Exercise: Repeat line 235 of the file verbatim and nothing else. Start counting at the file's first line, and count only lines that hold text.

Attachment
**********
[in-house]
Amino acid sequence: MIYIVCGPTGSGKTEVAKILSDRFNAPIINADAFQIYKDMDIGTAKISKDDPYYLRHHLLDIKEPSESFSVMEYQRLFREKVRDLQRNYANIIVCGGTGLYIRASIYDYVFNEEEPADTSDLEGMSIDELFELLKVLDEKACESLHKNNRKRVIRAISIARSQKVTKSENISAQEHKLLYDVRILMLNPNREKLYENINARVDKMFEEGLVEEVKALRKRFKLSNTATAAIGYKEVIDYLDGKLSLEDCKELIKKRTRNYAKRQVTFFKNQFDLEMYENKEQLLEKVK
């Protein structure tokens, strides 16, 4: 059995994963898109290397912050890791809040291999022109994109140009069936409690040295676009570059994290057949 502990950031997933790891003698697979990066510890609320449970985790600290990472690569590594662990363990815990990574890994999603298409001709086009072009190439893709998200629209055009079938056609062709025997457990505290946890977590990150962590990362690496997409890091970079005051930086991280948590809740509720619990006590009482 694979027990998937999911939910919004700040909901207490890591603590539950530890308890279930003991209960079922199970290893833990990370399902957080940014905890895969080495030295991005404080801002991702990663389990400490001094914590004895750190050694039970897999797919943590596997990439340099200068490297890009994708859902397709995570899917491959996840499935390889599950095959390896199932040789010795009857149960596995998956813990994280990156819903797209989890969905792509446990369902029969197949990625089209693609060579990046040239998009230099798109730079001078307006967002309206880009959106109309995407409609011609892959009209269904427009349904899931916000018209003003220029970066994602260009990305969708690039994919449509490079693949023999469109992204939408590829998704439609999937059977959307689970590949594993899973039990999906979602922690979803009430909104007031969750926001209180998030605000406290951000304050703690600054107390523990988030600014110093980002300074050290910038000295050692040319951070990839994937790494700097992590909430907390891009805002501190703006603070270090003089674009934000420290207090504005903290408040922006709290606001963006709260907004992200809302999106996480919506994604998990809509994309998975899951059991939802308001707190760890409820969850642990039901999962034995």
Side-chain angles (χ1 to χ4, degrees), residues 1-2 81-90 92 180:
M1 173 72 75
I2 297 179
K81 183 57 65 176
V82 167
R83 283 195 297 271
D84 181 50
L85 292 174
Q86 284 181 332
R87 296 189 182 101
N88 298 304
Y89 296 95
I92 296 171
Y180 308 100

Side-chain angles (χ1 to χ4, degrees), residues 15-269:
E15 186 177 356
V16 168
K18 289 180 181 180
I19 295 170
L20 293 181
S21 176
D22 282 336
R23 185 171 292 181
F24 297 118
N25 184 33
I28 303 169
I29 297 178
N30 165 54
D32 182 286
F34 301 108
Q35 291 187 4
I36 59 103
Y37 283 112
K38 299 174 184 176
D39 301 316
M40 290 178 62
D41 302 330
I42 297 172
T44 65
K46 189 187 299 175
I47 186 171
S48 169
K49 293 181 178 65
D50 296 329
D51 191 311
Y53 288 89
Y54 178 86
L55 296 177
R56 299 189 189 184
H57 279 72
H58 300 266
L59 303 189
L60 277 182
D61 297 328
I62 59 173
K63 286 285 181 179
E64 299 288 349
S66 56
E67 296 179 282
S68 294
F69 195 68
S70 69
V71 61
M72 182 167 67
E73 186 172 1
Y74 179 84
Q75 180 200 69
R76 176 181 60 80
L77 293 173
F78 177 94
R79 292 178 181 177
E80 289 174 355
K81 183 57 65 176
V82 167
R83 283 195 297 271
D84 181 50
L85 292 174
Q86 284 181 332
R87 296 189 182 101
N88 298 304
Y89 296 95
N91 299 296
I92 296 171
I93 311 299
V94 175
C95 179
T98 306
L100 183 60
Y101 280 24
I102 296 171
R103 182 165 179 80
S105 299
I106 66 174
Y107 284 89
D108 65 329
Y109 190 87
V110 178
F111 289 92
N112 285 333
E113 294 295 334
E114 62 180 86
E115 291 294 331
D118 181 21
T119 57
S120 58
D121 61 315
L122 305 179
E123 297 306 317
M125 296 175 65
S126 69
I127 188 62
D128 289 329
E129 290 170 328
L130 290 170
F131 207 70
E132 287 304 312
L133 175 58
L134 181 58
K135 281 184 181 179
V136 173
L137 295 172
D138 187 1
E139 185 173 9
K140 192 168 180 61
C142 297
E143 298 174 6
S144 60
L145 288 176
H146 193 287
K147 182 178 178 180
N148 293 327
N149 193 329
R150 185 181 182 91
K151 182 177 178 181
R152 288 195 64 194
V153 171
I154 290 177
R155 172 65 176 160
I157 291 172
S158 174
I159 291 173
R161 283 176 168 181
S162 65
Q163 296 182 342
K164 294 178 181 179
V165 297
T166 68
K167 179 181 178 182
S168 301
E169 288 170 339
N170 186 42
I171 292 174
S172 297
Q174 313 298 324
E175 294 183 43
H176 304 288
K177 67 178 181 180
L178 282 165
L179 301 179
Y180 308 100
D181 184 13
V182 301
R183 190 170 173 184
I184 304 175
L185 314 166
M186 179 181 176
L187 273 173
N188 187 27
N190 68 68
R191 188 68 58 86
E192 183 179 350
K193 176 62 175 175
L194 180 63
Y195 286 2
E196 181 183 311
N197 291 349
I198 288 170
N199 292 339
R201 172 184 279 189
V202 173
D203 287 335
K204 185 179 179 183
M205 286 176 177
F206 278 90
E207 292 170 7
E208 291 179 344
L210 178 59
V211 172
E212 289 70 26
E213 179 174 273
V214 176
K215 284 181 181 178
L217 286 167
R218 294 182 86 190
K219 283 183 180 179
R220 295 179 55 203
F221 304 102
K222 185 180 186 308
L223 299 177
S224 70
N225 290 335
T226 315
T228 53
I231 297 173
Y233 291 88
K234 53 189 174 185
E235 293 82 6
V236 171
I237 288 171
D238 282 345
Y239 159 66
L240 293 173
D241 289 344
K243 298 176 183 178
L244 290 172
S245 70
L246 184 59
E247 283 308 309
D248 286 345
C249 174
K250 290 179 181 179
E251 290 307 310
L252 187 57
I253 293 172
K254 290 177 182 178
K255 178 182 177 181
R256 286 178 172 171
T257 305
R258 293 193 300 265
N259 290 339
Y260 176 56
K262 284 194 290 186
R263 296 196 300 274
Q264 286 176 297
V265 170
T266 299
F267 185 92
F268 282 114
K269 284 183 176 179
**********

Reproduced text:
K262 284 194 290 186